Silver

Silver

Silver, with atomic number 47 and symbol Ag, is a valuable, highly versatile, and unique precious metal. It has a special place in the history of metals, being one of the first five metals humans discovered and used. It's the most common noble metal and is highly resistant to oxidation and corrosion. Silver's use as a measure of wealth dates back more than 5,000 years: Before the 20th century, silver coins were the basis of monetary systems worldwide. 

Industrial Silver

Today, approximately 65% of silver is used by industry, thanks to its abundance and high electrical and thermal conductivity. The world's silver industry consists of miners, refiners, traders, and fabricators. From 1996 to 2005, the silver industry expanded, thanks to rising fabrication demand and mine supply. Silver resources can be found throughout the world in all continents — except for Greenland and Antarctica. 

Today, industrial silver is frequently used in electrical goods and electronics and in photovoltaic cells. It's commonly found in alloys and solders, in chemical catalysts (notably ethylene oxide), and as a biocide. 

Investment Silver

Investment in silver has ebbed and flowed over the years. In January 1980, silver hit its all-time high of $49.45 an ounce when the Hunt brothers, Texas oil barons, tried to corner the market as a hedge against inflation. More recently, investor interest took off during the financial crisis of 2007. In 2011, silver almost hit $50 an ounce again, following rumors of a global supply shortage. By 2013, world investment had risen from 5 percent to 22 percent.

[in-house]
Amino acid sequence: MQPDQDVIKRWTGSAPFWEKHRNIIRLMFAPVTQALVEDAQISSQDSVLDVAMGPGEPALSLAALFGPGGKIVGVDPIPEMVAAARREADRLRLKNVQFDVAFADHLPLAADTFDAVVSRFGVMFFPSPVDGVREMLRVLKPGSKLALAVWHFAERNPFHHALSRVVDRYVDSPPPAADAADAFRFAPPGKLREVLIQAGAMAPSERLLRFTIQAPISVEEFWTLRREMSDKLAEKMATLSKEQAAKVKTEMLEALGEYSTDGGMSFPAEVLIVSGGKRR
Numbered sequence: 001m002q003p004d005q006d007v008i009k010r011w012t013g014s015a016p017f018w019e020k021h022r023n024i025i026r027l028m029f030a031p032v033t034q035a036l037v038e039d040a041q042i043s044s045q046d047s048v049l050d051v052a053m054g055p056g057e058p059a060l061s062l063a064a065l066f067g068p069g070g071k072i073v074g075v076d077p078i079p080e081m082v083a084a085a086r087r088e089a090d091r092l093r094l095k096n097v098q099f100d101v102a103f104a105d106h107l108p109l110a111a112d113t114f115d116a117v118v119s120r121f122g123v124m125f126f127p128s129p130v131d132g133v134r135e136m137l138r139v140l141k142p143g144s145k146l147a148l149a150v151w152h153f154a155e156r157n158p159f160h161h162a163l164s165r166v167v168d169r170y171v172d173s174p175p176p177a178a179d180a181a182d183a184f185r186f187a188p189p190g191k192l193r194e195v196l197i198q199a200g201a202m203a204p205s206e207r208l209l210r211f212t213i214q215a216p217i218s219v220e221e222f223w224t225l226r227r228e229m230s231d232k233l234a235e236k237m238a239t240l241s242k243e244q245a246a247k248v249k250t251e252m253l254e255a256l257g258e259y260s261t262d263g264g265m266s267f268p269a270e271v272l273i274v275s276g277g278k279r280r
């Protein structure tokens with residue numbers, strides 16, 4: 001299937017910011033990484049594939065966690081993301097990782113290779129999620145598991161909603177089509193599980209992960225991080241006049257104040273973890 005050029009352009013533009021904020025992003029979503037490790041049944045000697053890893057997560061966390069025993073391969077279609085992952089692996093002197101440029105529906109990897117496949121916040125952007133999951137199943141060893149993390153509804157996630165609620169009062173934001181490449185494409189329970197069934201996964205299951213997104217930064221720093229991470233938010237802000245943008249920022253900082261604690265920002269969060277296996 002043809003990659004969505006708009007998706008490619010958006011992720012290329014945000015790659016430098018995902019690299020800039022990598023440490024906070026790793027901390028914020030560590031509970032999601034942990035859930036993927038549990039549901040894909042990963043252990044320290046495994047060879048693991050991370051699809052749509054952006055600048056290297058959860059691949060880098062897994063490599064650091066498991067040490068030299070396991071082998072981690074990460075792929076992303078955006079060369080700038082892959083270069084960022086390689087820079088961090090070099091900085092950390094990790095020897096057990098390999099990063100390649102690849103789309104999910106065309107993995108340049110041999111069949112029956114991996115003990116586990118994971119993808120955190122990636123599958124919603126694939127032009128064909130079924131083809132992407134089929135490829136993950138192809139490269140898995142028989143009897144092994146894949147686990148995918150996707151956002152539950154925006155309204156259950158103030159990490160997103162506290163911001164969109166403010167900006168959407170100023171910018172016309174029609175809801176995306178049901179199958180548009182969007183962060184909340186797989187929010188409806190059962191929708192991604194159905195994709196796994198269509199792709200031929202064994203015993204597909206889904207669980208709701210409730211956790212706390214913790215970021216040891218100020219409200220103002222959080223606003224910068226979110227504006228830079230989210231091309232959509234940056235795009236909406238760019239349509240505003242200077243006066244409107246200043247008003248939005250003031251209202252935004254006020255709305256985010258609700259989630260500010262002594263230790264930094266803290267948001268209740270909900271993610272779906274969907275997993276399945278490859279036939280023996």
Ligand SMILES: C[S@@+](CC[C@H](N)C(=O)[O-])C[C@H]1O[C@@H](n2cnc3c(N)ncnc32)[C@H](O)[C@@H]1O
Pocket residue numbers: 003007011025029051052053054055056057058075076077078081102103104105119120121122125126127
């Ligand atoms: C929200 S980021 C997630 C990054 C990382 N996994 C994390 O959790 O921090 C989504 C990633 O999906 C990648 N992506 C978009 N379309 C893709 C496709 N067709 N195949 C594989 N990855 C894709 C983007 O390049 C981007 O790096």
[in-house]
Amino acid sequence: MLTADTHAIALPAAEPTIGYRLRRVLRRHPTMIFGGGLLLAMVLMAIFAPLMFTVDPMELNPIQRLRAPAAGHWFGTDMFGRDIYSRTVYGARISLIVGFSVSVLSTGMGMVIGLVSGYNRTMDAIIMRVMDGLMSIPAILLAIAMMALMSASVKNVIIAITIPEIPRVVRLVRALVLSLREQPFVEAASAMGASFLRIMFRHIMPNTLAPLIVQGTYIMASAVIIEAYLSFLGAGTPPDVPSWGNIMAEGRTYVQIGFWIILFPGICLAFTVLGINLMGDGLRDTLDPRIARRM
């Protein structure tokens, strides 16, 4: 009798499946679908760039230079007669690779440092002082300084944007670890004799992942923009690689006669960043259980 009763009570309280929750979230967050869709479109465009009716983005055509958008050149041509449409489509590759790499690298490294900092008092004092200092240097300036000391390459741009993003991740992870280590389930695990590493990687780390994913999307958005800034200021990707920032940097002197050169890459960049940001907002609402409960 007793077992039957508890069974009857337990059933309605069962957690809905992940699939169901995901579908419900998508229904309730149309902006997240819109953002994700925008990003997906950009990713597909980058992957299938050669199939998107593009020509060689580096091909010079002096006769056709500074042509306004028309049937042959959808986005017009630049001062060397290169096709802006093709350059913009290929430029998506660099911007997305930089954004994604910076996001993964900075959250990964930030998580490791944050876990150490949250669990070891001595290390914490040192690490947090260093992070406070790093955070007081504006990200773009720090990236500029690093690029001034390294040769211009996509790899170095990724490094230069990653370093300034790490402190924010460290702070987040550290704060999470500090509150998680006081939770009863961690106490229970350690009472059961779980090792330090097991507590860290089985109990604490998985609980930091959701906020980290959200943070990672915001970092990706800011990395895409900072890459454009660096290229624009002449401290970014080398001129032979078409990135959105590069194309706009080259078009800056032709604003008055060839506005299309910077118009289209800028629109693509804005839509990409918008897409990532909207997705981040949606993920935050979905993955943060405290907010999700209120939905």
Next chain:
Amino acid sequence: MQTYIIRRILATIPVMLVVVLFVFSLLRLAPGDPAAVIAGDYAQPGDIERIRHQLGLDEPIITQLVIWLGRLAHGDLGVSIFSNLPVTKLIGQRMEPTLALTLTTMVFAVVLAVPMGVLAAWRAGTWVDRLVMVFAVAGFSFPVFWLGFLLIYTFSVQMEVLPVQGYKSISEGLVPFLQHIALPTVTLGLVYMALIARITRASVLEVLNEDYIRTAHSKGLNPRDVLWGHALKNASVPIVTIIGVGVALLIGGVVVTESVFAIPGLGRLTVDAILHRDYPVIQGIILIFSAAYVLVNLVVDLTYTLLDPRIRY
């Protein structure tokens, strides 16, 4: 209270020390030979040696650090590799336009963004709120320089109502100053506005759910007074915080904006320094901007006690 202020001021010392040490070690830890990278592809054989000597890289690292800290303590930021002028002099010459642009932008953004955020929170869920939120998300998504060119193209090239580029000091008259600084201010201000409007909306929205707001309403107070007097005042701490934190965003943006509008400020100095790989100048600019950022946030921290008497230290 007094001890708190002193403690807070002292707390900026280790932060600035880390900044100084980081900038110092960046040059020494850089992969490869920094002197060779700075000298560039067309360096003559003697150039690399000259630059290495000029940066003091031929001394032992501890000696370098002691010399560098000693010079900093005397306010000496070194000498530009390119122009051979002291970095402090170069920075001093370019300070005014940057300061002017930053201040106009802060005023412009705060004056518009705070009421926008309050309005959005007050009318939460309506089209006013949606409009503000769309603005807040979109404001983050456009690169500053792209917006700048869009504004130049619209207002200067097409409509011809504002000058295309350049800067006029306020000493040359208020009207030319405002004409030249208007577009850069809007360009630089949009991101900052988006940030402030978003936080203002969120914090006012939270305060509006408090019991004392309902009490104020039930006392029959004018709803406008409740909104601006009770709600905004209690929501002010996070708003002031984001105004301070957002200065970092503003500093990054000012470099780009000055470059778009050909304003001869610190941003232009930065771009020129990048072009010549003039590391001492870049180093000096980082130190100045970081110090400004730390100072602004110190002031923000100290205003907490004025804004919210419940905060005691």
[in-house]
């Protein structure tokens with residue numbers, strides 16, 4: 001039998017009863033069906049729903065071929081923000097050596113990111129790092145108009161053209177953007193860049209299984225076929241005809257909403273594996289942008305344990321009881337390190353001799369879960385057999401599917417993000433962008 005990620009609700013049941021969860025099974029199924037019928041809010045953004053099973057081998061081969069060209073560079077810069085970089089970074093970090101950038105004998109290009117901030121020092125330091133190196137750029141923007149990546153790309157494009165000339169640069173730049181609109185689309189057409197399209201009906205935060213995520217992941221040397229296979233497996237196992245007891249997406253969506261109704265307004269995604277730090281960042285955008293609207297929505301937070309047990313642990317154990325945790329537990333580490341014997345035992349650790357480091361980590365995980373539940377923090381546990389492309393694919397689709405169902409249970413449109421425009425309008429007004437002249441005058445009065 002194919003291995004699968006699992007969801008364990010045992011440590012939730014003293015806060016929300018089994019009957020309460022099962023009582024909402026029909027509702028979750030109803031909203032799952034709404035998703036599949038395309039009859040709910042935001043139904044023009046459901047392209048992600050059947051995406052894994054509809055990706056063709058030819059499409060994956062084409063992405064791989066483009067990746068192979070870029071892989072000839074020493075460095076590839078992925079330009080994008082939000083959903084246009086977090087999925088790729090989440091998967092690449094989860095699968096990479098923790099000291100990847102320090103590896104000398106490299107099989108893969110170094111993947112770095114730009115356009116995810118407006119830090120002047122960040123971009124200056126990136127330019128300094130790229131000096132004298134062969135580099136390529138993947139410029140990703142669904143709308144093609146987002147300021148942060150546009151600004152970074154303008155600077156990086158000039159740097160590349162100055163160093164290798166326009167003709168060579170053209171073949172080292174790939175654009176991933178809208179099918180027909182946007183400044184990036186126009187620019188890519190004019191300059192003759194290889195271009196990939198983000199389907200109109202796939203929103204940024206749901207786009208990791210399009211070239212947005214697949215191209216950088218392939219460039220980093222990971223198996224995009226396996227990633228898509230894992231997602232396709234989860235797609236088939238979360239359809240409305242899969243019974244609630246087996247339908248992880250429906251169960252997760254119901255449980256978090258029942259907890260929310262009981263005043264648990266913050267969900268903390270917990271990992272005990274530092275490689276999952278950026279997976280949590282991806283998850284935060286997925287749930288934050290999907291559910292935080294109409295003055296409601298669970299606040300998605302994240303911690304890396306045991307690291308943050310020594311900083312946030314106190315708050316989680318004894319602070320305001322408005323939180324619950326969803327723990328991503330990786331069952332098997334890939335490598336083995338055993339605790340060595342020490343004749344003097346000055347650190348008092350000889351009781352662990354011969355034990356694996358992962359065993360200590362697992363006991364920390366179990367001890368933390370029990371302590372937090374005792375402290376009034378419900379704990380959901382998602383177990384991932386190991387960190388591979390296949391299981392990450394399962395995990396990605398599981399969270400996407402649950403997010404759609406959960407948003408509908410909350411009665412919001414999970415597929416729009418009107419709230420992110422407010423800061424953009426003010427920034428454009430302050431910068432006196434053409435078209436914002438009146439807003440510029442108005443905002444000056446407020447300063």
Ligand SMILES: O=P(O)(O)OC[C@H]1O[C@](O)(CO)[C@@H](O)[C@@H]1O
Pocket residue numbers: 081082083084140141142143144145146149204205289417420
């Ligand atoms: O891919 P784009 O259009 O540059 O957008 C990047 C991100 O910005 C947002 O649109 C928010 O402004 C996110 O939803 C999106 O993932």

When considering the price on a medium term, silver is often more comparable to copper. This is due to its common use as an industrial metal. However, since 1968, silver has paralleled gold in the market on 75 percent of all trading days. 

Silver Exchange Traded Funds (EFTs) are highly popular with private investors. Individuals who want to buy investment silver can do so by going through OneGold. Private investors often hold shares in a trust fund, which stores silver and other metals for them in a bank. A fifth of investment silver is in coins and smaller bars. The demand for these items has grown since the financial crisis. 

Problems for individuals include dealing spreads (up to 10 percent bid-ask) and the applicable taxes in many countries. Going through OneGold is a way to own silver outright while avoiding these extra costs.